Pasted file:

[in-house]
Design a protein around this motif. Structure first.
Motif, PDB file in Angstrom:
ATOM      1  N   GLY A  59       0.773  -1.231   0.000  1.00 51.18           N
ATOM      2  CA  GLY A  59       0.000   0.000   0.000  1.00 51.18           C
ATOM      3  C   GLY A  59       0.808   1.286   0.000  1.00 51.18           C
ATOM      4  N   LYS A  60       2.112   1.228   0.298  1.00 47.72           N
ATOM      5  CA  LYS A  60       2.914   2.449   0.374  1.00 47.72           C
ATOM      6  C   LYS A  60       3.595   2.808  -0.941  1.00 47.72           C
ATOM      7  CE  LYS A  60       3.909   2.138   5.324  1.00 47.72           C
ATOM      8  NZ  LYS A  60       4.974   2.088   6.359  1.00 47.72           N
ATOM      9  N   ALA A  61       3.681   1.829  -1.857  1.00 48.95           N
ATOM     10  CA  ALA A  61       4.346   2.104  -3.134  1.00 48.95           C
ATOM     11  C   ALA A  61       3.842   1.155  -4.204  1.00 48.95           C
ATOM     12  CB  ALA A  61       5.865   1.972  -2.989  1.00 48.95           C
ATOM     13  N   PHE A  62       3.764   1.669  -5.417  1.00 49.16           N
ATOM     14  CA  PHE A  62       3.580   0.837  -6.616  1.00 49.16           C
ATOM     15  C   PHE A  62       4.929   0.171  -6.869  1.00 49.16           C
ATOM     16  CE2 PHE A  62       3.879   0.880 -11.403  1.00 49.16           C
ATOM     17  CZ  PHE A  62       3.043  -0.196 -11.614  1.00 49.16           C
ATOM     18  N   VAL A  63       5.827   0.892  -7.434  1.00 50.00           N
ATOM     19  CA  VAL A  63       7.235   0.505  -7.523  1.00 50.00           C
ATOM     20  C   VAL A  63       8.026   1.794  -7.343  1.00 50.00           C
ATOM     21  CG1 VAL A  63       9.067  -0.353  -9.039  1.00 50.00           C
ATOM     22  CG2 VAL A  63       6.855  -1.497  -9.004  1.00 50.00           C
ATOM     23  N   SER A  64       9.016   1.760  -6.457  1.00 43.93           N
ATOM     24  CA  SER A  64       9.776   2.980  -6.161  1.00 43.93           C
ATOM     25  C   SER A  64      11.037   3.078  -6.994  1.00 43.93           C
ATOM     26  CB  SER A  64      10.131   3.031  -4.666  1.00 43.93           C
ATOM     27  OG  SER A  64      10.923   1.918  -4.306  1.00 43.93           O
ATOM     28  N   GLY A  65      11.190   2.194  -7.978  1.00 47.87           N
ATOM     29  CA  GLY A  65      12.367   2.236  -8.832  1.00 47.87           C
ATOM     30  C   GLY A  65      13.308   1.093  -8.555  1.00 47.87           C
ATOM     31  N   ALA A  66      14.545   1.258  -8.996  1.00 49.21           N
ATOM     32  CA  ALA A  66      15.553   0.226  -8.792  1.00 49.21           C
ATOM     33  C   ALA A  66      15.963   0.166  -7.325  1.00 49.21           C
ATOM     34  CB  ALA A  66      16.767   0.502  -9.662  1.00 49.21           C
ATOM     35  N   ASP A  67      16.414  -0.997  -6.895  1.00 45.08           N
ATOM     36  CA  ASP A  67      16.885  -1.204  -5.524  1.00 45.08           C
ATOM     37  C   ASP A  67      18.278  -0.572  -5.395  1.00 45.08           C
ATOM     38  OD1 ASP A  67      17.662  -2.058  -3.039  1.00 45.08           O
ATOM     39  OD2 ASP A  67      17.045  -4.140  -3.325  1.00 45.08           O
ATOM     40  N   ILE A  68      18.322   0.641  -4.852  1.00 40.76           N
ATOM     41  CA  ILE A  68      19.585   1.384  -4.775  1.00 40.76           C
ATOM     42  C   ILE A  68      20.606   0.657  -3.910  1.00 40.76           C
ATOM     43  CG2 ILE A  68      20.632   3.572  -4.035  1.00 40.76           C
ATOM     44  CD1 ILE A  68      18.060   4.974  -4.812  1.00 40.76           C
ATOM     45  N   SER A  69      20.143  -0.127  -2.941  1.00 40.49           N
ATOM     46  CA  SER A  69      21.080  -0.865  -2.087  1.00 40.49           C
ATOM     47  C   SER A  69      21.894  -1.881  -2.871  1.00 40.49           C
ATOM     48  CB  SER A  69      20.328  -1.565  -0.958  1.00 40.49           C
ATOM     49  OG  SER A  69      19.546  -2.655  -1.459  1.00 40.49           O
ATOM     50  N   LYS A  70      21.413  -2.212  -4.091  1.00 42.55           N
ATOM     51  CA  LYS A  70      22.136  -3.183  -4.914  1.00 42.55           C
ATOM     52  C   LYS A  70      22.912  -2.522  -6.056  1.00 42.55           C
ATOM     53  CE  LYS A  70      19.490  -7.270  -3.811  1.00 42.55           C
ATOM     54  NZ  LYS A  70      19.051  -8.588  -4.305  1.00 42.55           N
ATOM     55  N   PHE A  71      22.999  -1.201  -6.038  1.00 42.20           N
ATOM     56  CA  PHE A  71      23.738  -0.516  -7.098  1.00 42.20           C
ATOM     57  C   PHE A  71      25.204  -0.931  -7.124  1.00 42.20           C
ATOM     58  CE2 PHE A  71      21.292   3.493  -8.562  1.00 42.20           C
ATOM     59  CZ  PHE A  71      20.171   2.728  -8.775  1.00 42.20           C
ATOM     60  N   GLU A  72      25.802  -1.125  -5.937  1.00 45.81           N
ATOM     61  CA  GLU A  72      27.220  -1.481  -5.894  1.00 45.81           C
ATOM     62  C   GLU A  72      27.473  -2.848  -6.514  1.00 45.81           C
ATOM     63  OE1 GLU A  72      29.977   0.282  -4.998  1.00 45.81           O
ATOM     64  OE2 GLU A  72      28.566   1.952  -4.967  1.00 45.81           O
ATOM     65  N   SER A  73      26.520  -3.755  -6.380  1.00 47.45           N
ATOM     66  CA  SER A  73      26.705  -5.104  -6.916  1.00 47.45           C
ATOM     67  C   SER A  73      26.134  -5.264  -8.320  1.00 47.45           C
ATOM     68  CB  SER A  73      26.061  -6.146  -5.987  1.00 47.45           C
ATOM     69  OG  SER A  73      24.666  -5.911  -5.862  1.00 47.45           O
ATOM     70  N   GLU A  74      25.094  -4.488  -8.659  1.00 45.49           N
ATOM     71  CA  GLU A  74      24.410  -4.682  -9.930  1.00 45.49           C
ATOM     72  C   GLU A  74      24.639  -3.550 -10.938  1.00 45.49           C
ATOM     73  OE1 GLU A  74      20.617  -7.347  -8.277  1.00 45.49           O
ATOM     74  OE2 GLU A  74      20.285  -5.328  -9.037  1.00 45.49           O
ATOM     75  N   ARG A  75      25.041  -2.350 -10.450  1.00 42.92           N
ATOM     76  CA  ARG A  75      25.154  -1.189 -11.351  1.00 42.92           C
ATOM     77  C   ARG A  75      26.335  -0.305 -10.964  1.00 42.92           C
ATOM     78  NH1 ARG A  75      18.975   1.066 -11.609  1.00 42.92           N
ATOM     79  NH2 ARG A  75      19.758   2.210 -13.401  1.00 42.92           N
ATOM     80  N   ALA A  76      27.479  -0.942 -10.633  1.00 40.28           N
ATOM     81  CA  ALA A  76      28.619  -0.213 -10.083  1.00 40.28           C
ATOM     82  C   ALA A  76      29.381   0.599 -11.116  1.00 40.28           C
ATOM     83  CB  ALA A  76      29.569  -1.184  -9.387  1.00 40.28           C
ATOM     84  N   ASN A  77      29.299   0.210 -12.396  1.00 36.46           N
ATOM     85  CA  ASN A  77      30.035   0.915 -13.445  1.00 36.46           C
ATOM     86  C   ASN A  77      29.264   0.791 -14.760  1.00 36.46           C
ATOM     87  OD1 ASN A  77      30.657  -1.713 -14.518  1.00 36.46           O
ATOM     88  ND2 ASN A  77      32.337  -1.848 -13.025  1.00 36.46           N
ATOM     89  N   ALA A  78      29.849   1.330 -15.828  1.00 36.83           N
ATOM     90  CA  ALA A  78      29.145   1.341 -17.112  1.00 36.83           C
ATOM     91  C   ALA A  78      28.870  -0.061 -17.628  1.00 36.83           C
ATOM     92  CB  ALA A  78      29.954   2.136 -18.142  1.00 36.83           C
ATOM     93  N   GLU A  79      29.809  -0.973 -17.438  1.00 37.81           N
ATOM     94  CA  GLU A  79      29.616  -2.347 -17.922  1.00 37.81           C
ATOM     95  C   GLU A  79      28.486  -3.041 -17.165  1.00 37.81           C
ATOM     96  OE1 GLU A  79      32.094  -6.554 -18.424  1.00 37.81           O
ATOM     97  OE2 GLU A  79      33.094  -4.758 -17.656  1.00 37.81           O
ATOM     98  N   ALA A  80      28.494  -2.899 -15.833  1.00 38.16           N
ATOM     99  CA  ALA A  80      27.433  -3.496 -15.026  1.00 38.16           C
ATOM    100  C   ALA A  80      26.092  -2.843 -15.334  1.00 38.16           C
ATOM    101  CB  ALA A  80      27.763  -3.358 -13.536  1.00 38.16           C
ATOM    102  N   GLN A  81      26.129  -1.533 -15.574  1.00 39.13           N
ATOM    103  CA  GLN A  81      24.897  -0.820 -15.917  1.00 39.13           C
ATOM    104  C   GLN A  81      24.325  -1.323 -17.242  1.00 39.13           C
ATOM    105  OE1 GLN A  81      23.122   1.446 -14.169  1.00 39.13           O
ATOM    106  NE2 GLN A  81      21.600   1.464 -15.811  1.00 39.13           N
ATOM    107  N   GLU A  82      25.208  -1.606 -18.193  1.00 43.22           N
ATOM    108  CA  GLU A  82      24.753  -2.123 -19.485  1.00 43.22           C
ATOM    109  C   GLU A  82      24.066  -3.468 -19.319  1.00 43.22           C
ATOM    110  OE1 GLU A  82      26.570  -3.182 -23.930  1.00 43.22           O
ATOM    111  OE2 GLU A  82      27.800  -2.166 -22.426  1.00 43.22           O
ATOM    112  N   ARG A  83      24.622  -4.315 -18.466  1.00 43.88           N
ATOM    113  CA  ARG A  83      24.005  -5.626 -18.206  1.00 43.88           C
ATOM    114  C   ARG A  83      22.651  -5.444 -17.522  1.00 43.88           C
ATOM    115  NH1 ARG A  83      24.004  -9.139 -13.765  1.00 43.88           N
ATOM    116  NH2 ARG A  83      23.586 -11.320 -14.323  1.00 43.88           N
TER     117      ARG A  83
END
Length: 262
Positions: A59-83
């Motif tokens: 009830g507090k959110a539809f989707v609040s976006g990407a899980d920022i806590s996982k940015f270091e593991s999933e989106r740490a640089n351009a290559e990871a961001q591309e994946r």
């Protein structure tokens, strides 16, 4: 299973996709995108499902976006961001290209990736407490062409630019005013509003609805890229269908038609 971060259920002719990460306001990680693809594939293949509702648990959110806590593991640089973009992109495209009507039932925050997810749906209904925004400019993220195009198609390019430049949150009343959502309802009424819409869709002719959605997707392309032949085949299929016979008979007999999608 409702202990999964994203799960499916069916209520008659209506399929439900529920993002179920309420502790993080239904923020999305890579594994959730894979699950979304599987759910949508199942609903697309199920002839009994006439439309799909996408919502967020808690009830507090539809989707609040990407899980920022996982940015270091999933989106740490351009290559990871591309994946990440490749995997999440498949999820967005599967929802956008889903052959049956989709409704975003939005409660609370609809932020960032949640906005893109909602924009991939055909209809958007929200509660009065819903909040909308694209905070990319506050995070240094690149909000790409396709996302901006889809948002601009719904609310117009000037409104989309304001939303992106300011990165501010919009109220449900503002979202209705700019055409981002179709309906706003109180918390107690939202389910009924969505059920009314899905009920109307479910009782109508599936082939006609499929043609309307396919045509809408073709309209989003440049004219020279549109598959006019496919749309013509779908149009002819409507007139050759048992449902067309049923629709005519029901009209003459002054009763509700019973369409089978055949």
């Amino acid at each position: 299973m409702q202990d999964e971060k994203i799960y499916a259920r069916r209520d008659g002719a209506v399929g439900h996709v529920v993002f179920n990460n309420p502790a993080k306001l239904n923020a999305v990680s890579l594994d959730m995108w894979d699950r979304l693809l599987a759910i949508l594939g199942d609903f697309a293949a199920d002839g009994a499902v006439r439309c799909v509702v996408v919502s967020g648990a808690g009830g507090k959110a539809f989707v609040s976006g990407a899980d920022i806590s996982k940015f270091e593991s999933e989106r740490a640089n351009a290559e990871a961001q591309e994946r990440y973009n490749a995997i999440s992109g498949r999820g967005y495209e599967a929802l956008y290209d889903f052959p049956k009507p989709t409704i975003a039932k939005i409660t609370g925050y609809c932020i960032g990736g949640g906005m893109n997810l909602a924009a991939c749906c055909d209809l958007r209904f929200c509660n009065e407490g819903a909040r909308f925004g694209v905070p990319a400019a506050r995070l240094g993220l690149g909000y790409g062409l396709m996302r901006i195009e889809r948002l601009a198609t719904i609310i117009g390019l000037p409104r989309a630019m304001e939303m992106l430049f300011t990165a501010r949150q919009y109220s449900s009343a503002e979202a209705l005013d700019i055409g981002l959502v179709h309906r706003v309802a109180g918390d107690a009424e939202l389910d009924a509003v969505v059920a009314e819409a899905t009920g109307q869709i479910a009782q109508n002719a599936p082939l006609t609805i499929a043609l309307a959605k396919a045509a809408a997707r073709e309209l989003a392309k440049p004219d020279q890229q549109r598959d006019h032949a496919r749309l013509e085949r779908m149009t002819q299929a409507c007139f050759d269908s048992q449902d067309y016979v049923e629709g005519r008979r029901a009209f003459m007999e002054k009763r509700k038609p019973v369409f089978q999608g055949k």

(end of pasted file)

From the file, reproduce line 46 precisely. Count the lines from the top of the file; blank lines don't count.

ATOM     43  CG2 ILE A  68      20.632   3.572  -4.035  1.00 40.76           C